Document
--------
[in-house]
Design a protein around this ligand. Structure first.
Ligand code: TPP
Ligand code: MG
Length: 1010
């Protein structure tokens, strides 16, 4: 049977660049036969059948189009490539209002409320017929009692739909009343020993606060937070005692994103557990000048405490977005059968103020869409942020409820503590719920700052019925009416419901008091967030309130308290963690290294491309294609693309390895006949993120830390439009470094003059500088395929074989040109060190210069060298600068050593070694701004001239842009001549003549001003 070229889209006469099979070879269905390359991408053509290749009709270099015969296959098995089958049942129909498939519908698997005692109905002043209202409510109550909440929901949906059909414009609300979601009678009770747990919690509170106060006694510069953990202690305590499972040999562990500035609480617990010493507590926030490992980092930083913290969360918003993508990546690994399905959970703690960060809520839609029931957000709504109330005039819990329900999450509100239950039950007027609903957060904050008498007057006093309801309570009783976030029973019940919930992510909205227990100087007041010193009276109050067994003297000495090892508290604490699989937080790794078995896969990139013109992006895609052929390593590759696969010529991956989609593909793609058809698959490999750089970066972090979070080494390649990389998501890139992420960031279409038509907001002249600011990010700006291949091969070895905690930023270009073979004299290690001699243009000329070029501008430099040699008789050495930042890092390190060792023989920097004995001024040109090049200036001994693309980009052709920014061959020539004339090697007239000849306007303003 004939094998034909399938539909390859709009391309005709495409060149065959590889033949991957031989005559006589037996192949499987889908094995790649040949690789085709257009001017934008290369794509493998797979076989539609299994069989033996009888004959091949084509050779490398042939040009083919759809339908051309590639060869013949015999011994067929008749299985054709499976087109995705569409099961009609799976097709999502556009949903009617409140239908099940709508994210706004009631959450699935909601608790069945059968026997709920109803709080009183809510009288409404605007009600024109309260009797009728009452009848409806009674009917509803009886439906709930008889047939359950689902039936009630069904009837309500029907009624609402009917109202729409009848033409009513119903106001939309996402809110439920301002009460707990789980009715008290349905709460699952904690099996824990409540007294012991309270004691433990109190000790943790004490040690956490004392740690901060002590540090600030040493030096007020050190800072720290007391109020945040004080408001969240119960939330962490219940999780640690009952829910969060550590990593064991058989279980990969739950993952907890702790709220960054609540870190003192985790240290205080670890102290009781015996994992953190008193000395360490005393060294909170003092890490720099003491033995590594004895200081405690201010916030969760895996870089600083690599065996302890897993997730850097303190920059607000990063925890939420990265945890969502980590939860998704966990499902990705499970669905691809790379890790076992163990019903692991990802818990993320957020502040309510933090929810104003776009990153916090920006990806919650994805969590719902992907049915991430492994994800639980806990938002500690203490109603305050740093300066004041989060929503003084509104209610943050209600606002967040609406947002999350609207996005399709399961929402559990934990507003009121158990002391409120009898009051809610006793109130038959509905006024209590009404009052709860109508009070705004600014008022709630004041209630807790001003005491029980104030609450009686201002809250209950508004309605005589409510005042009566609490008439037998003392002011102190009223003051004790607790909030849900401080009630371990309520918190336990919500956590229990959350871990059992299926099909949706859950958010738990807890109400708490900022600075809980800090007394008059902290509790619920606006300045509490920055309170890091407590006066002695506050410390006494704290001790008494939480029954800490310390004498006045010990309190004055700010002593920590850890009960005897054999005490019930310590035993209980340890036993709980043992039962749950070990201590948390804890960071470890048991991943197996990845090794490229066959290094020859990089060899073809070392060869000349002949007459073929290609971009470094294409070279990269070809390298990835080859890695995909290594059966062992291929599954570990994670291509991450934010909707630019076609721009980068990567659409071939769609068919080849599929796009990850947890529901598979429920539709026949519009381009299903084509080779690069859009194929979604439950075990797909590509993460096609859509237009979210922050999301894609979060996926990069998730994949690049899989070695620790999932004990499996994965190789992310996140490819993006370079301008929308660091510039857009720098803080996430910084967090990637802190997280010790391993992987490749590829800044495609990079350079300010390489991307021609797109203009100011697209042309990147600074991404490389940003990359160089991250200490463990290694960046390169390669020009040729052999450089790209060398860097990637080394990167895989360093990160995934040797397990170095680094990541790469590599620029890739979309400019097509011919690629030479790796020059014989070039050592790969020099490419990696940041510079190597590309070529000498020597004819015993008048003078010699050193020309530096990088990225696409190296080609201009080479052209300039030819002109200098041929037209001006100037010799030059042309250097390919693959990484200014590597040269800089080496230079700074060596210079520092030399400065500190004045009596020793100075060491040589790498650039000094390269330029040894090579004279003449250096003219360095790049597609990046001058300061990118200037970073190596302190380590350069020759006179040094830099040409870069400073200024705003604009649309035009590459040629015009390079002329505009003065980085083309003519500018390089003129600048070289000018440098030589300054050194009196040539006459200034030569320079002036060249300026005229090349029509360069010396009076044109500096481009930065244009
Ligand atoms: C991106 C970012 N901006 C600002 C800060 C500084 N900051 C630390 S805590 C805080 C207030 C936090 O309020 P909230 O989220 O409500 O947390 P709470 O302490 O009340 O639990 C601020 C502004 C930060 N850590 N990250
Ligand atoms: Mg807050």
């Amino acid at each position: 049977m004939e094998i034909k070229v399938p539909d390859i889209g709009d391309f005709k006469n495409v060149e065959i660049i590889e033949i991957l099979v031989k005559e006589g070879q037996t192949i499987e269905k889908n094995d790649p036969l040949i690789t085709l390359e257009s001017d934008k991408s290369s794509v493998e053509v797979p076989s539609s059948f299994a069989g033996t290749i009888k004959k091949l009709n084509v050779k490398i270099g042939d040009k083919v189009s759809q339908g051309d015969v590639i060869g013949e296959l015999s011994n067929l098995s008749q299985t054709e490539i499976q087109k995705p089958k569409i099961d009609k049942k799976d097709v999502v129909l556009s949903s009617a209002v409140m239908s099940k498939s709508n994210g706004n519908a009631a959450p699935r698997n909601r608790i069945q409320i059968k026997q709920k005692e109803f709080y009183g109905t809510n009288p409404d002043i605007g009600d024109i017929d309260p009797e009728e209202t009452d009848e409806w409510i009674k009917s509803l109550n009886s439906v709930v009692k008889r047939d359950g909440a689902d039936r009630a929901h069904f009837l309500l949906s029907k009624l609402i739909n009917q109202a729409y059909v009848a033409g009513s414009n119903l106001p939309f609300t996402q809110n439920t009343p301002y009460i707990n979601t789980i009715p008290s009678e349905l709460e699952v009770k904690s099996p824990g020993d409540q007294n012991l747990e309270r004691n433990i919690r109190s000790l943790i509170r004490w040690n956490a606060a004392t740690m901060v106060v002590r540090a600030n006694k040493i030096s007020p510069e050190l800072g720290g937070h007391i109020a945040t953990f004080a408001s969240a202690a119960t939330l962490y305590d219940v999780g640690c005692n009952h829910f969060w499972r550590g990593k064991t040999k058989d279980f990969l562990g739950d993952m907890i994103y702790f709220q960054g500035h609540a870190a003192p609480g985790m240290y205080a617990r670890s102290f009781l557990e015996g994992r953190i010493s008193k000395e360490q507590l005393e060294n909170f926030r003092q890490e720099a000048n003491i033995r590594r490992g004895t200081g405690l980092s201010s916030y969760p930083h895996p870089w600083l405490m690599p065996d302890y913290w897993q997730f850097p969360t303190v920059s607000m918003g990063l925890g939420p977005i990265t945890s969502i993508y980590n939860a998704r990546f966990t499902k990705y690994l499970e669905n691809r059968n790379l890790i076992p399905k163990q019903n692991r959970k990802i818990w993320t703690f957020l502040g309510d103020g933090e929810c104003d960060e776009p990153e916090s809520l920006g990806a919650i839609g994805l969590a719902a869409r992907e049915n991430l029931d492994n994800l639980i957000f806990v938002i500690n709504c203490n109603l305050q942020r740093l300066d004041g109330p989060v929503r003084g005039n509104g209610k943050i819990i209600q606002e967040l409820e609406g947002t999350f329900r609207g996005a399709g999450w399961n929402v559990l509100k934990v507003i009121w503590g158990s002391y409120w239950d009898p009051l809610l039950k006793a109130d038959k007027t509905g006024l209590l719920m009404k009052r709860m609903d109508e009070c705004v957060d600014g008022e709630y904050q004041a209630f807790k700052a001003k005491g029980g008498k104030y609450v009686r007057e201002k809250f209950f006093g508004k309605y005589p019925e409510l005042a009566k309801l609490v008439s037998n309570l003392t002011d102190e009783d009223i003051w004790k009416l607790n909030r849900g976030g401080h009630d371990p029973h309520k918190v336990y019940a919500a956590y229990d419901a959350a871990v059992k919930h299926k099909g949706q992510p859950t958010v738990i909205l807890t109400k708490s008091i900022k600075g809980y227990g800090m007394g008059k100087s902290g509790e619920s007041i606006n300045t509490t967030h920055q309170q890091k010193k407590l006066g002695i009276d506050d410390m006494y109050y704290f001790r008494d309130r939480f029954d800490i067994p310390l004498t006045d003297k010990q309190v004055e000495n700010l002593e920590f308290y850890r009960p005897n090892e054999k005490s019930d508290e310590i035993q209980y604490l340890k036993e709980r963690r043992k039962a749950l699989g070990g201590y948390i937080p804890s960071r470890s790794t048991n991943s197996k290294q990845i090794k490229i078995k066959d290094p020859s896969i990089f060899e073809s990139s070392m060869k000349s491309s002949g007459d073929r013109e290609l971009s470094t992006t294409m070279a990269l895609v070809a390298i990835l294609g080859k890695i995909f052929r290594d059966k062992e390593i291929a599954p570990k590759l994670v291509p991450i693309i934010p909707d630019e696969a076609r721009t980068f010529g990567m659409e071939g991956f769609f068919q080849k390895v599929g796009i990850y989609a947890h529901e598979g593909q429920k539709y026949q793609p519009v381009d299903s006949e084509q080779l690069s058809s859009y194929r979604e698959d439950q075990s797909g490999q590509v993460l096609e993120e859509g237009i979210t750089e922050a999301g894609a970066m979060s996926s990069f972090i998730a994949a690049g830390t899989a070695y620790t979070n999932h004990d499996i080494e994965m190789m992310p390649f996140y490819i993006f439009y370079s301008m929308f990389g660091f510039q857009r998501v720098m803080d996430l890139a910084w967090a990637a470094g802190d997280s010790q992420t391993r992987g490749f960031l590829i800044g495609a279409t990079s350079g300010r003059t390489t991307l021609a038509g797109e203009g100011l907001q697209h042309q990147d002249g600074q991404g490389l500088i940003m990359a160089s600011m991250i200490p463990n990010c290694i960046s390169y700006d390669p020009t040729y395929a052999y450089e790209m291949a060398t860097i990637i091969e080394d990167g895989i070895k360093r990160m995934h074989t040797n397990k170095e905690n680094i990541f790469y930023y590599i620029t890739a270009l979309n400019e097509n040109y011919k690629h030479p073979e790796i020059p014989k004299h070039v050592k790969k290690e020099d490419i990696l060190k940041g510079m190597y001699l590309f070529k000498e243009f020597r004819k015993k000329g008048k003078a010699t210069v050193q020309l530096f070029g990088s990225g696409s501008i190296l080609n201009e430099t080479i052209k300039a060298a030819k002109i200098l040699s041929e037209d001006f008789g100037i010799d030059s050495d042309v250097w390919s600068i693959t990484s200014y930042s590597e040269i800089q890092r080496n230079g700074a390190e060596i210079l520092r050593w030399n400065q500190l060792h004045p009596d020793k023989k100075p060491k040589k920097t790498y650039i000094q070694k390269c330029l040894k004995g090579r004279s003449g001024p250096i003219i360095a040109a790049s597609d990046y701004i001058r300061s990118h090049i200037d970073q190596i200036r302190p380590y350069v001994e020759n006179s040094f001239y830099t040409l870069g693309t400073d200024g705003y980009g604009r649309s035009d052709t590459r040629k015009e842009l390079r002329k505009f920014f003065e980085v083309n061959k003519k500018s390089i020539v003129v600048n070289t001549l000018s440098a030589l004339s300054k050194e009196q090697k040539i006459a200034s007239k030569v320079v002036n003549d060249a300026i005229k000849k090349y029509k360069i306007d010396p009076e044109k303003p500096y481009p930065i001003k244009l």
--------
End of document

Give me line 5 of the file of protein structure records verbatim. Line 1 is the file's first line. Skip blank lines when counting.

Length: 1010